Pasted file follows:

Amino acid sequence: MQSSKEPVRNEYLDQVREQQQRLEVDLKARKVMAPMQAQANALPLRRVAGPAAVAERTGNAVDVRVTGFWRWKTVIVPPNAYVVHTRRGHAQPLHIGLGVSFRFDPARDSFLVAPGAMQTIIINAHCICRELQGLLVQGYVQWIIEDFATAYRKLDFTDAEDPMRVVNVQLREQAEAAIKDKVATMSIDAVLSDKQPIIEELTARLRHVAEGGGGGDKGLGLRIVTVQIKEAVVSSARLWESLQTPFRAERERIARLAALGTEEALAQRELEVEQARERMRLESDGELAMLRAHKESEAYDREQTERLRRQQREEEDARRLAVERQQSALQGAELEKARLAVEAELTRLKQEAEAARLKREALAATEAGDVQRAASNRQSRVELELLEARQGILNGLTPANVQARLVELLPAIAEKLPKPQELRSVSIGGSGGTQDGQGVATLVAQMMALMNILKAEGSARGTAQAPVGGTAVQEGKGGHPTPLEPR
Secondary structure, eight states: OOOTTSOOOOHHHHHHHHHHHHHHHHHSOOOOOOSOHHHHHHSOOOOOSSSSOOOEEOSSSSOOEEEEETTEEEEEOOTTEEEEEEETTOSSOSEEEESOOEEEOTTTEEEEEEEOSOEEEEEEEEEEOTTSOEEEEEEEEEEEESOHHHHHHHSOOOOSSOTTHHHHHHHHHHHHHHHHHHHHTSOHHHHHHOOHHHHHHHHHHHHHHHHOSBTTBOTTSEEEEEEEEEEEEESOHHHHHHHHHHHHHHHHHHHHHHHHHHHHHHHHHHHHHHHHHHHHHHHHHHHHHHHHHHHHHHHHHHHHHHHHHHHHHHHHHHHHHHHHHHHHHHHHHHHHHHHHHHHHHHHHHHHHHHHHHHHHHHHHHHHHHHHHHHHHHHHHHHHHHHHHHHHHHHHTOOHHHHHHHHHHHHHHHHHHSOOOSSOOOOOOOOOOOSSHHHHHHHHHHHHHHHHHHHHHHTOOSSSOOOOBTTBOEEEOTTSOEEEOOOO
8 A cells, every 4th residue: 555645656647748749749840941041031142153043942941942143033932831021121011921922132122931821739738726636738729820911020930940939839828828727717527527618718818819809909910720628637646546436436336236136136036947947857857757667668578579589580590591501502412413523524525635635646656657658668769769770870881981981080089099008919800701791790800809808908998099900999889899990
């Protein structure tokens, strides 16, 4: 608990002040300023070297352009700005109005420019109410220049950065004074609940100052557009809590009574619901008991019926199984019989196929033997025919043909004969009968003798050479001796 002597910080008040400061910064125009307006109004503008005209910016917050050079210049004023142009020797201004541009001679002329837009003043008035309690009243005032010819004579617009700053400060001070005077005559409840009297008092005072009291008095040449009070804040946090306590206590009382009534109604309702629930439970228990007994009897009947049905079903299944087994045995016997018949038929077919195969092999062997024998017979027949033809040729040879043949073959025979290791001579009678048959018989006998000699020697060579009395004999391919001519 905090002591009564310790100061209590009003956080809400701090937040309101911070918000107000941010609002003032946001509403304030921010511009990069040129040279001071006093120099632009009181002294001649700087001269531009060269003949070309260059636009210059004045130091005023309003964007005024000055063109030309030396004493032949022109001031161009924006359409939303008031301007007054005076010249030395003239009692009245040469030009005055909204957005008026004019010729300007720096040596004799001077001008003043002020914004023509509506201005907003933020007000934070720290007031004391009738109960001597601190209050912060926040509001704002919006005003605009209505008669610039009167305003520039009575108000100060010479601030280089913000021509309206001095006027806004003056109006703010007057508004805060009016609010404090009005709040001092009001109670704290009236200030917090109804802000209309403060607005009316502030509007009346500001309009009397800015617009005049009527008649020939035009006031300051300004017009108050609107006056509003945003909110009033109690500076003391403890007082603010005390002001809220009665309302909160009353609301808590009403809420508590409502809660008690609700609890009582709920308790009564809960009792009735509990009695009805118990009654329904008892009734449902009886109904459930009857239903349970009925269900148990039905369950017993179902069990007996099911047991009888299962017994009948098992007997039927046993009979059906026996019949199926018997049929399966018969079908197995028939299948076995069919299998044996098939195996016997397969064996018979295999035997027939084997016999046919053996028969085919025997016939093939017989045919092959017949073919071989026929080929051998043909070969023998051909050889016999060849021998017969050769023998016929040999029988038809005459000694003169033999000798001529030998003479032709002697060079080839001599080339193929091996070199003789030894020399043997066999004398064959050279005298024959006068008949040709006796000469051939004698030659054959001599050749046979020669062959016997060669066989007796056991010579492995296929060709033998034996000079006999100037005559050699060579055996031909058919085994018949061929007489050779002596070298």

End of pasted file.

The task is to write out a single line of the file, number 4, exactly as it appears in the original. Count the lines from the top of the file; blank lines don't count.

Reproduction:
């Protein structure tokens, strides 16, 4: 608990002040300023070297352009700005109005420019109410220049950065004074609940100052557009809590009574619901008991019926199984019989196929033997025919043909004969009968003798050479001796 002597910080008040400061910064125009307006109004503008005209910016917050050079210049004023142009020797201004541009001679002329837009003043008035309690009243005032010819004579617009700053400060001070005077005559409840009297008092005072009291008095040449009070804040946090306590206590009382009534109604309702629930439970228990007994009897009947049905079903299944087994045995016997018949038929077919195969092999062997024998017979027949033809040729040879043949073959025979290791001579009678048959018989006998000699020697060579009395004999391919001519 905090002591009564310790100061209590009003956080809400701090937040309101911070918000107000941010609002003032946001509403304030921010511009990069040129040279001071006093120099632009009181002294001649700087001269531009060269003949070309260059636009210059004045130091005023309003964007005024000055063109030309030396004493032949022109001031161009924006359409939303008031301007007054005076010249030395003239009692009245040469030009005055909204957005008026004019010729300007720096040596004799001077001008003043002020914004023509509506201005907003933020007000934070720290007031004391009738109960001597601190209050912060926040509001704002919006005003605009209505008669610039009167305003520039009575108000100060010479601030280089913000021509309206001095006027806004003056109006703010007057508004805060009016609010404090009005709040001092009001109670704290009236200030917090109804802000209309403060607005009316502030509007009346500001309009009397800015617009005049009527008649020939035009006031300051300004017009108050609107006056509003945003909110009033109690500076003391403890007082603010005390002001809220009665309302909160009353609301808590009403809420508590409502809660008690609700609890009582709920308790009564809960009792009735509990009695009805118990009654329904008892009734449902009886109904459930009857239903349970009925269900148990039905369950017993179902069990007996099911047991009888299962017994009948098992007997039927046993009979059906026996019949199926018997049929399966018969079908197995028939299948076995069919299998044996098939195996016997397969064996018979295999035997027939084997016999046919053996028969085919025997016939093939017989045919092959017949073919071989026929080929051998043909070969023998051909050889016999060849021998017969050769023998016929040999029988038809005459000694003169033999000798001529030998003479032709002697060079080839001599080339193929091996070199003789030894020399043997066999004398064959050279005298024959006068008949040709006796000469051939004698030659054959001599050749046979020669062959016997060669066989007796056991010579492995296929060709033998034996000079006999100037005559050699060579055996031909058919085994018949061929007489050779002596070298």